The Superior Court allowed Bartlett's motion to dismiss pursuant to rule 12(b) and denied its special motion to dismiss pursuant to § 59H and entered a judgment of dismissal against Keystone. In his memorandum and order on both motions, the judge agreed with Bartlett that Keystone's complaint consisted of compulsory counterclaims in the prior lawsuit, but disagreed with Bartlett insofar as it asserted that Keystone's suit concerned Bartlett's petitioning activities alone. Keystone filed a notice of appeal, challenging the rule 12(b)(6) dismissal, and Bartlett filed a cross-appeal contesting the denial of its § 59H special motion to dismiss.
Keystone's appeal. Rule 13(a) requires that "[a] pleading shall state as a counterclaim any claim for relief the court has power to give which at the time of serving the pleading the pleader has against any opposing party, if it arises out of the transaction or occurrence that is the subject matter of the opposing party's claim . . . ." The rule embodies the principle that "[a]ll claims arising out of the same facts should be heard, where possible, in the same proceeding." Columbia Chiropractic Group, Inc. v. Trust Ins. Co., 430 Mass. 60 , 63 (1999). Thus, "failure to plead a compulsory counterclaim bars a party from
bringing a later independent action on that claim." Mancuso v. Kinchla, 60 Mass. App. Ct. 558 , 563 (2004). See National Lumber Co. v. Canton Inst. for Sav., 56 Mass. App. Ct. 186 , 187 (2002) (same).
To be compulsory, a counterclaim need not rest on precisely identical facts or pose identical allegations. Mancuso, supra. In fact, "[f]or purposes of determining whether a counterclaim is compulsory or permissive, the word 'transaction' 'should not be construed narrowly or technically, but should be construed in a sense to effectuate the settlement in one proceeding of controversies so closely connected as appropriately to be combined in one trial in order to prevent duplication of testimony, to avoid unnecessary expense to the parties and to the public, and to expedite the adjudication of suits' " (emphasis in original). National Lumber, supra at 188, quoting from Volpe Constr. Co. v. Trustees of Tufts College, 1 Mass. App. Ct. 38 , 40 (1973). In short, "there [must be] such a 'logical relationship' between . . . [Keystone's] claims and [Bartlett's original] claim . . . that the former clearly should have been added as compulsory counterclaims to [Keystone's] answer. . ." Mancuso, supra.
Here, the prior litigation consisted of an attempt by Bartlett to collect its debt as assignee from the Commonwealth. Keystone's subsequent complaint concerned Bartlett's billing practices in reaching a figure for that debt. In defending the original claim, Keystone not only denied liability for the debt, but also raised the impropriety of those billing practices as a defense. See PGR Mgt. Co., Inc., Heath Props. v. Credle, 427 Mass. 636 , 639 (1998) (opining "[d]efenses and compulsory counterclaims are part and parcel of the underlying case and are adjudicated as part of that case"). Keystone also attempted, unsuccessfully, to amend its answer to add a counterclaim identical to count IV of its complaint.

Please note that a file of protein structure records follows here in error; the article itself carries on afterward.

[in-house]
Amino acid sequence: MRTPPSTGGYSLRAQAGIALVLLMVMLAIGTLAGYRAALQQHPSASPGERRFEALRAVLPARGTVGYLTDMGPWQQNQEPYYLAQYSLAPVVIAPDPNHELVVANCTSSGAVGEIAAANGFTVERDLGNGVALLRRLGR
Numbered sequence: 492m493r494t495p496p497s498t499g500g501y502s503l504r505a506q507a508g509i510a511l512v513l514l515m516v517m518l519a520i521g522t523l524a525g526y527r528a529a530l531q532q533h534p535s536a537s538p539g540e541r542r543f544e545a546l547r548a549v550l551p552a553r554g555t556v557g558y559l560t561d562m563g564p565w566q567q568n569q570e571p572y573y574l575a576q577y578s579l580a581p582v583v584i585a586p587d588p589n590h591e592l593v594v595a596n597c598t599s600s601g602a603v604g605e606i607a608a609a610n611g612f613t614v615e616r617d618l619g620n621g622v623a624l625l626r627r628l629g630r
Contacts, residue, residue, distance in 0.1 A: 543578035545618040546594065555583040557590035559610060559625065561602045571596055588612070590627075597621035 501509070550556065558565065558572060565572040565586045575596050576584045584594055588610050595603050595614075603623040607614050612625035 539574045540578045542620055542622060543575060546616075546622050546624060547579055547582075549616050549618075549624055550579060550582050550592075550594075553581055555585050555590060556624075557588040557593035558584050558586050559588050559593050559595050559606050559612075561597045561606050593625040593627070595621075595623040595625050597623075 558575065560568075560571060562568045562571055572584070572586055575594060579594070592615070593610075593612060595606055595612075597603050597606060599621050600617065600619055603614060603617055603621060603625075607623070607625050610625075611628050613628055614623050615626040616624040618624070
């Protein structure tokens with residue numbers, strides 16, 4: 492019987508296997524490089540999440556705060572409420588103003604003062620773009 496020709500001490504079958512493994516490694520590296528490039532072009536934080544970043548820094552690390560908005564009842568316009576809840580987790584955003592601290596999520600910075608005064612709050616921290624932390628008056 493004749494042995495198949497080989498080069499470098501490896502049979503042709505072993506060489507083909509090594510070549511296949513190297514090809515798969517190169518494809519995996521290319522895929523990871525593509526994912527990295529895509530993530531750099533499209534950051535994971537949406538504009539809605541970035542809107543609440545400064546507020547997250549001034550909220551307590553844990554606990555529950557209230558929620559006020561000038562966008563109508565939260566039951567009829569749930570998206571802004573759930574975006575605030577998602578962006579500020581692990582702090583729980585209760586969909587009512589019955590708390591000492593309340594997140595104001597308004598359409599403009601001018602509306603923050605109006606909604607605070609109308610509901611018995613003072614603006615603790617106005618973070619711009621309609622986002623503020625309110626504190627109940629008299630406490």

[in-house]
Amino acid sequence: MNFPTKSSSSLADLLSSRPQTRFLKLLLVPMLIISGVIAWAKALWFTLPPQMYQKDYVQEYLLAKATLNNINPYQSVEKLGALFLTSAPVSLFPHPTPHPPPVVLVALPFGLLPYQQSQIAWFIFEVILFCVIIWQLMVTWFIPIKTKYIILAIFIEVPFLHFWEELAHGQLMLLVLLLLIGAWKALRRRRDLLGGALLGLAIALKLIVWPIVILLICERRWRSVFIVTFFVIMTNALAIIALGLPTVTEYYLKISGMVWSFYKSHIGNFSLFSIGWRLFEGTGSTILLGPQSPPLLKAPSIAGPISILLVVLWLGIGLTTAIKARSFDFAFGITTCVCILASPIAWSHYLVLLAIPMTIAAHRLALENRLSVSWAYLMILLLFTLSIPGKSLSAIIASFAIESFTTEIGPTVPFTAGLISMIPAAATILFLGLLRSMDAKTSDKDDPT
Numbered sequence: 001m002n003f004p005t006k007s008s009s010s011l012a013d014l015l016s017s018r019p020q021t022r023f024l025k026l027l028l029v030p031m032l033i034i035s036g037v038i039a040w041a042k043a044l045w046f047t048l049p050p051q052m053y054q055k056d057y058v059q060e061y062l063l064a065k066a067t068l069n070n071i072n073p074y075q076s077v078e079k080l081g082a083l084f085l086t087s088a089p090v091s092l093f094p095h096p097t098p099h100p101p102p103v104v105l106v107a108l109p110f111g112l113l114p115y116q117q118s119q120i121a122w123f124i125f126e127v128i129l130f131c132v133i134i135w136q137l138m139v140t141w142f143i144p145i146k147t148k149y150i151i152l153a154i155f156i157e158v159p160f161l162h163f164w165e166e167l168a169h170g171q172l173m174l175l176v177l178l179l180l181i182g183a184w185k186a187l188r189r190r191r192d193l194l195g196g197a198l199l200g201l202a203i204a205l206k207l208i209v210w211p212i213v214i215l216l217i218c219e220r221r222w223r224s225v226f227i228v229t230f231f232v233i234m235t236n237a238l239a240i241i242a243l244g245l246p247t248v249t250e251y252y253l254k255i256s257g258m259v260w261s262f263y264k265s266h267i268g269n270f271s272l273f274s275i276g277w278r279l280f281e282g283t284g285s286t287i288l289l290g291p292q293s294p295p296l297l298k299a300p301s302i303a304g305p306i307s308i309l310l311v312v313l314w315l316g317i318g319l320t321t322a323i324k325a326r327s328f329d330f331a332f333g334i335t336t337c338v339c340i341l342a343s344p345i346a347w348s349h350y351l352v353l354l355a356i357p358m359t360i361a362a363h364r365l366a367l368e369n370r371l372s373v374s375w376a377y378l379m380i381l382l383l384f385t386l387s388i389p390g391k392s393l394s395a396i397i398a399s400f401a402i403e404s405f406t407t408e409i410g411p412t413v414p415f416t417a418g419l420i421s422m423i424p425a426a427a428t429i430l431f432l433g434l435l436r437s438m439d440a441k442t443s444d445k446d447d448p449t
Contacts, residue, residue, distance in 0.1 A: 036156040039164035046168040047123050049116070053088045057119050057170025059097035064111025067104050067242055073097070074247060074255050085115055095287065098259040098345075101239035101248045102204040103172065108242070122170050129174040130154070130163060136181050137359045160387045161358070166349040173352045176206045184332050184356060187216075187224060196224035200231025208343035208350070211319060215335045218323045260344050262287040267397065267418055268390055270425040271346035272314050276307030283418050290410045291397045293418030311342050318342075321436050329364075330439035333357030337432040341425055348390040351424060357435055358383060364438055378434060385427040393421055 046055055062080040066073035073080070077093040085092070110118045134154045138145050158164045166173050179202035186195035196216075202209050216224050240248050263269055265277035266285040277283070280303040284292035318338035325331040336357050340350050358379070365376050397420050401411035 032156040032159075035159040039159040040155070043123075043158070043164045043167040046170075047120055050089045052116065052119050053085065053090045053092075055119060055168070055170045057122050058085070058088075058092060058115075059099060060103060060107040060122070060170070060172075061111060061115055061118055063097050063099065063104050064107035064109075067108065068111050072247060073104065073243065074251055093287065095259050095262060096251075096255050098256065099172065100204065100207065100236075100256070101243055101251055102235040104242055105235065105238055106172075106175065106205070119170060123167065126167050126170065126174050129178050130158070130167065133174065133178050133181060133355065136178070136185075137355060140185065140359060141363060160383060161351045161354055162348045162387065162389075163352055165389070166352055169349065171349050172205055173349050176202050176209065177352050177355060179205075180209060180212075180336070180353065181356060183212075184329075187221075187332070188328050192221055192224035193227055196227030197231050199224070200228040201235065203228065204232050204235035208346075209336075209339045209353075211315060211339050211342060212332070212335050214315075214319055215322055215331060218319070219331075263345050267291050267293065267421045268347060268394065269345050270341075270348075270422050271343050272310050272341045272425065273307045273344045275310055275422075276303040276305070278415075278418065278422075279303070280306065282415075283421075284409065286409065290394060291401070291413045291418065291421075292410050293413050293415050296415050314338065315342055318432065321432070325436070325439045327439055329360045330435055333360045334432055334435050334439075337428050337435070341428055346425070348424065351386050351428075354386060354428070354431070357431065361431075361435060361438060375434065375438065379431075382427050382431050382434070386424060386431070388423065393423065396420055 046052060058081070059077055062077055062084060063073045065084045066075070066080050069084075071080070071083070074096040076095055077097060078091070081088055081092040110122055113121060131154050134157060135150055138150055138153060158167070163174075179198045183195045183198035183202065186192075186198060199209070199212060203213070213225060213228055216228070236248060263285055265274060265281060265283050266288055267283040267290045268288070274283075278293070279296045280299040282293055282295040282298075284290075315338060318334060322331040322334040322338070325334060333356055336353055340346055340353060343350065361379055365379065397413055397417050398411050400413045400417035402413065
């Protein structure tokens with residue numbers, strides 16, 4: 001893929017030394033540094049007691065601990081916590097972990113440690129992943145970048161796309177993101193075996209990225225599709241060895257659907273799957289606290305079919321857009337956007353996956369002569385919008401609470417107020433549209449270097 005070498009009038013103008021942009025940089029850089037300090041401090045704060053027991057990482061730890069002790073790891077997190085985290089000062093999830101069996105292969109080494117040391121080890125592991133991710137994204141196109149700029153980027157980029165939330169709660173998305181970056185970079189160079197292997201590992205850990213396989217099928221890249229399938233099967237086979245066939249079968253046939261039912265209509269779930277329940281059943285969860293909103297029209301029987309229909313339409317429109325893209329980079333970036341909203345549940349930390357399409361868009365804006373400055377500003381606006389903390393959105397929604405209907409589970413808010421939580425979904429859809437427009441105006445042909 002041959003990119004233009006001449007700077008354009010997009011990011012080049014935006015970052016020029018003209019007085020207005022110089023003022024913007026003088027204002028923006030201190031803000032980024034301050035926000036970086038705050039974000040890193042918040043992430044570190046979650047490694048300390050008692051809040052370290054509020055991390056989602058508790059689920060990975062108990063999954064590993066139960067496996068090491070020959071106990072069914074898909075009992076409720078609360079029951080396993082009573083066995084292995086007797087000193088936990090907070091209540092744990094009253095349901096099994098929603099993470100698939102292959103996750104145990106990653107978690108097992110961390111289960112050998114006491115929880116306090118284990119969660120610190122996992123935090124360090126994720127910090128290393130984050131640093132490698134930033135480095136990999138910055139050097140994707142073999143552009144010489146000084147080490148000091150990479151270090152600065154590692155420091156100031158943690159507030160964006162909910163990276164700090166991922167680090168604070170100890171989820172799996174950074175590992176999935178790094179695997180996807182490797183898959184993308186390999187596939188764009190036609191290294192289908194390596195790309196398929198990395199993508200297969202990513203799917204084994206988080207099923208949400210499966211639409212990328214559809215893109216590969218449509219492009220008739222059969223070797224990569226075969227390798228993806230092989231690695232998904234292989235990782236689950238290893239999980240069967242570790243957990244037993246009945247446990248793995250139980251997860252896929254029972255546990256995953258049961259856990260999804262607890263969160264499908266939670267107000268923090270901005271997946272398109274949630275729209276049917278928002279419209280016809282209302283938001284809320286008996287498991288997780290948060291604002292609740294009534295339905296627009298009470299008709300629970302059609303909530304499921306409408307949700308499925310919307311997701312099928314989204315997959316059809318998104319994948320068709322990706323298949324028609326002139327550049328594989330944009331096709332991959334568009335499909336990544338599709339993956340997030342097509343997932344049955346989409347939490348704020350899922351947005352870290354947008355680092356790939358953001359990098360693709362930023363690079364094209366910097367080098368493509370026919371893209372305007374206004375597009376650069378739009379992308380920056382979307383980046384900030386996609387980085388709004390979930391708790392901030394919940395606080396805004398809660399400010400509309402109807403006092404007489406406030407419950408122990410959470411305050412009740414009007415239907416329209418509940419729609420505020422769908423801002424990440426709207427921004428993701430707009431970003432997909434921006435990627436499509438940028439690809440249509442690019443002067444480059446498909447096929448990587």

There can be little question that those claims should have been adjudicated in the prior lawsuit. The judgment of dismissal must stand because "[p]rinciples of judicial economy, as well as the avoidance of inconsistent results, suggest that all claims [relating to the disputed debt should have] be[en] joined in a single action." National Lumber, supra.
On appeal, Keystone asserts that only through discovery did
it learn of Bartlett's malfeasance and, therefore, the claims embodied in its dismissed complaint do not fit within the scope of the rule. In other words, Keystone argues that it did not have evidence to support those claims "against [the] opposing party" "at the time of serving the pleading," i.e., its answer, upon Bartlett. Mass.R.Civ.P. 13(a). Though in the abstract this argument has some appeal, on this record, it cannot prevail. See Dindo v. Whitney, 451 F.2d 1 (1st Cir. 1971) (reversing dismissal where record failed to establish whether litigant knew of existence of right to counterclaim). The undisputed facts belie the notion that Keystone was unaware of Bartlett's questionable billing practices at the time of serving Bartlett with its answer.
First, Custard had already formed its opinion that the invoiced amount was approximately twice fair market value. Custard supplied Keystone with this expert, though preliminary, opinion prior to the initiation of Bartlett's suit. Second, Keystone propounded discovery targeting Bartlett's billing practices, which, as referred to above, provided evidence of Bartlett's billing malfeasance. Finally, in the parties' joint pretrial memorandum, filed before the completion of discovery, Keystone expressed its expectation that "the evidence [will] show that [Bartlett] grossly overstated the damages and costs of repairs."
It is settled law in this Commonwealth that a plaintiff "may not raise a claim in [a subsequent c]ourt which was available as a defense in [a prior] action." Yentile v. Howland, 26 Mass. App. Ct. 214 , 216 (1988). Thus, even assuming that Keystone had not discovered Bartlett's billing misdeeds until late into pretrial litigation, the fact that it proffered such evidence in its defense of the collection claim forecloses its right to bring a separate action later based upon that same misconduct. Accordingly, we discern no error in the judgment of dismissal. [Note 6]